In 2010, there were 18 new posts, growing the total archive of this blog to 19 posts. There were 75 pictures uploaded, taking up a total of 245mb. That’s about a picture per week.

The busiest day of the year was April 20th with 259 views. The most popular post that day was Where the Red Kitchen Shops….

Where did they come from?

The top referring sites in 2010 were,,,, and

Some visitors came searching, mostly for amerikano, adventures in the red kitchen, okra quiche, christmas ham, and leche flan.

Attractions in 2010

These are the posts and pages that got the most views in 2010.


Where the Red Kitchen Shops… April 2010


Almusal ng Amerikano (An American Breakfast in a Filipino Home) June 2010


A Farmer’s Market on the Riverside September 2010
6 comments and 1 Like on,


Ouzo Octopus January 2010


Beerlao & Fried Seaweed Combo, please! May 2010

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Where the Red Kitchen Shops…

Prague’s Mosaic of Specialty Stores

Are you interested in diversifying the items in your pantry and creating dishes from countries you have visited or want to reconnect with those flavors from abroad? Fortunately, Prague’s melting pot continues to expand and as Anthony Bourdain once said, “People come with their food.” If you are looking for a few specific regions, here is a list of shops to buy the ingredients that are missing in the international aisle at your local Tesco, Albert or Bila.  To my fellow Prague People, feel free to add-on to the list!


Korea Mart You’ll find fresh blocks of tofu, dried sweet potato noodles to make a plate of Jap Chae or some of those spicy grilling sauces to go with your next Korean BBQ. Just one block away from the metro and tram stops. Gorazdova 356, Prague 2, Mon.-Fri. 10-20:00, Sat. 10-20:00, Sun. 12-18:00

Arirang Korejské and Japonské potraviny Is your stir-fry missing something? This grocery store sells a variety of cooking sauces, such as hoisin, hot and sour and fish sauce. A good Pad Thai needs fish sauce! If you need to spice up your plate, fresh kim-chi should do the trick. The frozen section offers a variety of fish and seafood, as well as frozen eggrolls and mochi cakes.  Korunní 47, Prague 2 Open Mon.–Fri. 9–18:00, Sat. 9–16:00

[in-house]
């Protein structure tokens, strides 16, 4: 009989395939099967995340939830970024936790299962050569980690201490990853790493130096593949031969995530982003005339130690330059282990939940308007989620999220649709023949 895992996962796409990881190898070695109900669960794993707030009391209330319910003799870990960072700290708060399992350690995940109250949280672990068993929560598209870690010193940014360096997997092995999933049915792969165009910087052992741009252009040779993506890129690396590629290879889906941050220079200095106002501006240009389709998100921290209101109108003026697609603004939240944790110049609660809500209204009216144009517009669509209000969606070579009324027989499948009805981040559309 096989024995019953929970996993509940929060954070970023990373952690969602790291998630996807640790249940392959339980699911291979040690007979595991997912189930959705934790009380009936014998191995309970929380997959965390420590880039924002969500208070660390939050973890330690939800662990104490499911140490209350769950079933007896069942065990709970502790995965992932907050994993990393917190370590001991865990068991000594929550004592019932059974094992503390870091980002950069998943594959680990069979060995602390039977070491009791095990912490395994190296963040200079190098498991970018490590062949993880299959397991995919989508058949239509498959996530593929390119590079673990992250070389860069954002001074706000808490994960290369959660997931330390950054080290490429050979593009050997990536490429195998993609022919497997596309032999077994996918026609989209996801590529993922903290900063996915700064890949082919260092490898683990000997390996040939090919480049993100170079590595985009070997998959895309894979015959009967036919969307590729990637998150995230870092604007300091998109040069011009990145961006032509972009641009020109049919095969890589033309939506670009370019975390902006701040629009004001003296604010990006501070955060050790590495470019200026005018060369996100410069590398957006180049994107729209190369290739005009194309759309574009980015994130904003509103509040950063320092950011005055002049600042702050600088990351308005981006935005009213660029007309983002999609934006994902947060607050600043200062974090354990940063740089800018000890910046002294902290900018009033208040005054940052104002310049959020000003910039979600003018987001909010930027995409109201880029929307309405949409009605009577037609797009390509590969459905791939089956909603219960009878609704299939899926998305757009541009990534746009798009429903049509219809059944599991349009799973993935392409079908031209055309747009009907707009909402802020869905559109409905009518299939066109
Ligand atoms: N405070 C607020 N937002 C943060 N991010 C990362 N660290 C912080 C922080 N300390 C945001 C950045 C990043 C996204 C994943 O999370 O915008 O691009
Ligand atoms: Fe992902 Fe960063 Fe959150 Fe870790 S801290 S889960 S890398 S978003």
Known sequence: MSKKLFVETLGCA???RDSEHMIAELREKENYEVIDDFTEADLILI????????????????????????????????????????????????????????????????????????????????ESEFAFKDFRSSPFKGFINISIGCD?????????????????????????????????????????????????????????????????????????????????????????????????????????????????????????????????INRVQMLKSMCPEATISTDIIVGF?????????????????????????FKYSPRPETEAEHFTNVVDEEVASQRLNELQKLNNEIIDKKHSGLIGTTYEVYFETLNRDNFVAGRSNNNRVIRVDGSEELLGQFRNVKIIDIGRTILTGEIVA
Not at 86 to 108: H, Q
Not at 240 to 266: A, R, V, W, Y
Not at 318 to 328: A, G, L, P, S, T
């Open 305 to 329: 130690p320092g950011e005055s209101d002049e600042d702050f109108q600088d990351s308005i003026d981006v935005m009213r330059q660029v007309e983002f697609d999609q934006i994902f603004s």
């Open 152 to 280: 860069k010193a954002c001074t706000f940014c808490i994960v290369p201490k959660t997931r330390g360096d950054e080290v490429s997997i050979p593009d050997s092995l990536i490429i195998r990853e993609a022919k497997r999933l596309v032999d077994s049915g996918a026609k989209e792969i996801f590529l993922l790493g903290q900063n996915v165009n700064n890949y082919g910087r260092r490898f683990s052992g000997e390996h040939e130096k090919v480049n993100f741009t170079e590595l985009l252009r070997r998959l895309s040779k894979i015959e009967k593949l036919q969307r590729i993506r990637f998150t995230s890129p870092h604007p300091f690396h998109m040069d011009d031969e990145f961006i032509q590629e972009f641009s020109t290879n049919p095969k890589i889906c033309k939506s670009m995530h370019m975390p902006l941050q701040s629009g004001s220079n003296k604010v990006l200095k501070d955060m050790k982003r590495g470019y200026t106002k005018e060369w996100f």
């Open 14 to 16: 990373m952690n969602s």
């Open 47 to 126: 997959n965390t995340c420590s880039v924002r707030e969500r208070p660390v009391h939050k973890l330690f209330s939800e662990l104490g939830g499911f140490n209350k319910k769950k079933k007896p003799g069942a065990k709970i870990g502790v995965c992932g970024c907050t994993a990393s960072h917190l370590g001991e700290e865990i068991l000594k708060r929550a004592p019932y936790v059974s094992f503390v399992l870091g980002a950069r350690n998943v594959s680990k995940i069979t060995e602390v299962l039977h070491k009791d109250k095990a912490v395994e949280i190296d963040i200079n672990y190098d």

Japa You’ve conquered rolling the bamboo mat; here is just the place to get all your ingredients to throw a sushi party. Wait, there is more. They also sell frozen dumplings, udon noodles and delicious Japanese rice crackers for a healthy snack.  Puškinovo nám. 10, Prague 6, Tel. 233 320 629. Wed.–Fri. 11–19:00, Sat.–Sun. 10–18:00

Shalamar Attempting to cook some Mataar Paneer and you’ve just realized that you don’t have methi or curry leaves in your pantry closet? You’ll find that, along with spices such as garam masala and cumin, as well as fresh vegetables like okra, hot peppers and baby eggplants being sold here. Also, if you just want to cheat, they sell prepared packets of dishes like Butter Chicken or Korma that you can whip up in an instant. You’ll find what you need for Pakistani and Indian cooking right here. If you’re hungry, be sure to visit the Pakistani restaurant right next door! Lipanská 3, Prague 3 Open Mon.–Fri. 6 a.m.–20:00,  Sat. noon–20:00

African & Middle Eastern

AfroAfrik Don’t be fooled by the African art, textiles or even the supply of hair products. This place also sells groceries; they are just located down the stairs on the bottom floor. You’ll find boxes of Fufu, flour made from plantains, frozen goat meat and fish, some vegetables such as yam and okra, bags of fried plantain chips and more. Stepanska pasaz 36, Prague 1 Tel. 777 324 928,

Farah Oriental Market As soon as you step foot into this shop, you will quickly encounter barrels and barrels filled with grains, legumes and fresh spices. They also have a deli counter where you can purchase olives, dried fruits or fresh meat. In their dairy section, there is a selection of halloumi and goat cheese. Their frozen section sells yufka (phyllo) dough so you can make some homemade borek. There is also a huge selection of Middle Eastern canned goods and breads for sale. Myslikova, 5 Prague 2, Mon.-Fri. 9-19:00, Sat. 9-17:00


Nostos This Greek delicatessen reminds me of the ones I grew up with in Astoria, NY. The shelves are stacked with various bottles of Olive Oil, packets of dried olives and marinated olives for sale. The refrigerated counter is displays a wide selection for a mezze dinner, such as Taramosalata (fish roe spread), Melitzanosalata (eggplant spread) and marinated seafood. You’ll also find blocks of sweet halva, baklava, feta cheese and Greek yogurt, which you can use to whip up some tzatsiki at home. You can also purchase it ready made as well! Skolska, 32 Praha 1 Tel.775 282 952, Mon. – Fri. 10- 20:00, Sat. 10-15:00

Aromi La Bottega Don’t have time to make your own fresh pasta or some pesto? No worries, Aromi La Bottega has it ready for you. You will also find a good variety of Italian cheeses, cured meats, glass jars of marinated vegetables, such as roasted peppers, some spreads as well as bottles of Italian wine and olive oil. Manesova 83, Prague 2 ,Tel. 222 725 514
Mon. – Fri. 12- 20:00 Saturday 15- 20:00